• Inferior vestibular nucleus (Spinal or descending nucleus)
  • Medial vestibular nucleus (Schwalbe nucleus)
  • Lateral vestibular nucleus (Deiter nucleus)
  • Superior vestibular nucleus (Bechterew nucleus)

Spinal nucleus of trigeminal nerve: gives rise to the trigemino-thalamic tract, which mediates pain and temperature sensations from the face.

Nucleus ambiguus: gives rise to the branchio-motor supply of IX, X and XI cranial nerves.

Solitary nucleus: the rostral part mediates taste sensation while the dorsal segment is responsible for visceral sensations and the carotid reflex.

Descending sympathetic fibers: proceed towards the ciliospinal center of Budge in the cervical spinal cord.

Spinothalamic tract: mediates pain and temperature sensations from the body to the thalamus.

Vertebral artery 3D

Image: “Vertebral artery based on 3d surface rendered CTA.” by Frank Gaillard – Own work. License: CC BY-SA 3.0

Blood supply

Medulla is supplied by the vertebro-basilar trunk and its branches. The two vertebral arteries join to form the basilar artery. Three types of end-arteries supply the medulla:

  • Long circumferential vessels
  • Short circumferential vessels
  • Paramedian perforators.

The major long circumferential vessels and their vascular territories are as follows:

Vessel Vascular territory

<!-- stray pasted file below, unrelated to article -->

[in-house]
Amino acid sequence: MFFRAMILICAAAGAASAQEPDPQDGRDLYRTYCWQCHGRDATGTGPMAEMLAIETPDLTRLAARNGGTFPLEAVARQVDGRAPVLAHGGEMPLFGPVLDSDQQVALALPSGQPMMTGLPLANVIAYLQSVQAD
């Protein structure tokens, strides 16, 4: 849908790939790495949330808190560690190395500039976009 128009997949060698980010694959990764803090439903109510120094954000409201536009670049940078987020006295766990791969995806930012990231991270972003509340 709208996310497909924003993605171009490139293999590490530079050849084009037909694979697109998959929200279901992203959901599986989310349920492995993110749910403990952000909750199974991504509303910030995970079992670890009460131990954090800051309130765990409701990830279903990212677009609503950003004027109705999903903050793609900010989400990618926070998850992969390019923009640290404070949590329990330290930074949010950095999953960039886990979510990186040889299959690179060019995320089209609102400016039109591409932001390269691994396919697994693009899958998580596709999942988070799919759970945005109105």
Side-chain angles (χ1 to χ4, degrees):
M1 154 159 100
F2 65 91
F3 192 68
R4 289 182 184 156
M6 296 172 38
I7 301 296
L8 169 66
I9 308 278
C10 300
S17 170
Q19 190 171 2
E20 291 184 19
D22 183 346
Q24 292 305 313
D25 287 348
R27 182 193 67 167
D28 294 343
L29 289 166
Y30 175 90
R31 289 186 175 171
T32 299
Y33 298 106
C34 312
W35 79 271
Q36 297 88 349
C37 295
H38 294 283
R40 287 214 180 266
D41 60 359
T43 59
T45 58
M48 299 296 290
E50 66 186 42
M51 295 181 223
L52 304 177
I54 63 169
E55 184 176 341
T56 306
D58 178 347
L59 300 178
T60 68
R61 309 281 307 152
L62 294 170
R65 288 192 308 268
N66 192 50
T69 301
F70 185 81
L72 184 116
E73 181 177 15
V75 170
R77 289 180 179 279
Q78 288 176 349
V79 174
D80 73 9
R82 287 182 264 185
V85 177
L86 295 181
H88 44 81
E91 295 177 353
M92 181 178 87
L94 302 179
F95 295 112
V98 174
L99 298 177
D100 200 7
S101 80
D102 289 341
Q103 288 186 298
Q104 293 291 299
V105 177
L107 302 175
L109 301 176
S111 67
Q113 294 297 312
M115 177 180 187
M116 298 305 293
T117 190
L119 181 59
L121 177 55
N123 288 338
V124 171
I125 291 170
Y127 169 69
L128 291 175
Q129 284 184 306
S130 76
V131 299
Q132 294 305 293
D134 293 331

Anterior spinal artery (ASA)-branch of vertebral artery (VA) Medial medulla
Posterior inferior cerebellar artery (PICA)-branch of VA Posterolateral medulla and part of cerebellum

The vascular territories being exclusive with sharp demarcation, occlusion of specific branches lead to specific set of symptoms and manifestations depending on the territory involved.

We are now set to discuss the individual syndromes.

Medial Medullary Syndrome

First described in 1908 by Spiller, medial medullary syndrome is characterized by damage and dysfunction of the medial medullary structures.

Dejerine introduced the triad of contralateral hemiplegia sparing the face, contralateral loss of deep sensation and ipsilateral hypoglossal paralysis to this disease, now also known as Dejerine syndrome. It is also variably known as hypoglossal alternating hemiplegia, inferior alternating syndrome and’lower alternating hemiplegia.

Lateral Medullary Syndrome

wallenberginfarct lateral medullary syndrome

Image: “Lateral medullary syndrome. Clinical B1000 diffusion weighted MRI image showing an acute infarct in the left dorsal lateral medulla.” byJohn S. To, M.D. – Own work. License: Public Domain

Damage of the lateral medulla leads to lateral medullary syndrome. Gaspard Vieusseux first described it in 1808. It is also known as ‘Wallenberg syndrome.’ Of interest are the following variants:

Opalski syndrome: lateral medullary syndrome with ipsilateral hemiplegia

Babinski-Nageotte syndrome: lateral medullary syndrome with contralateral hemiplegia.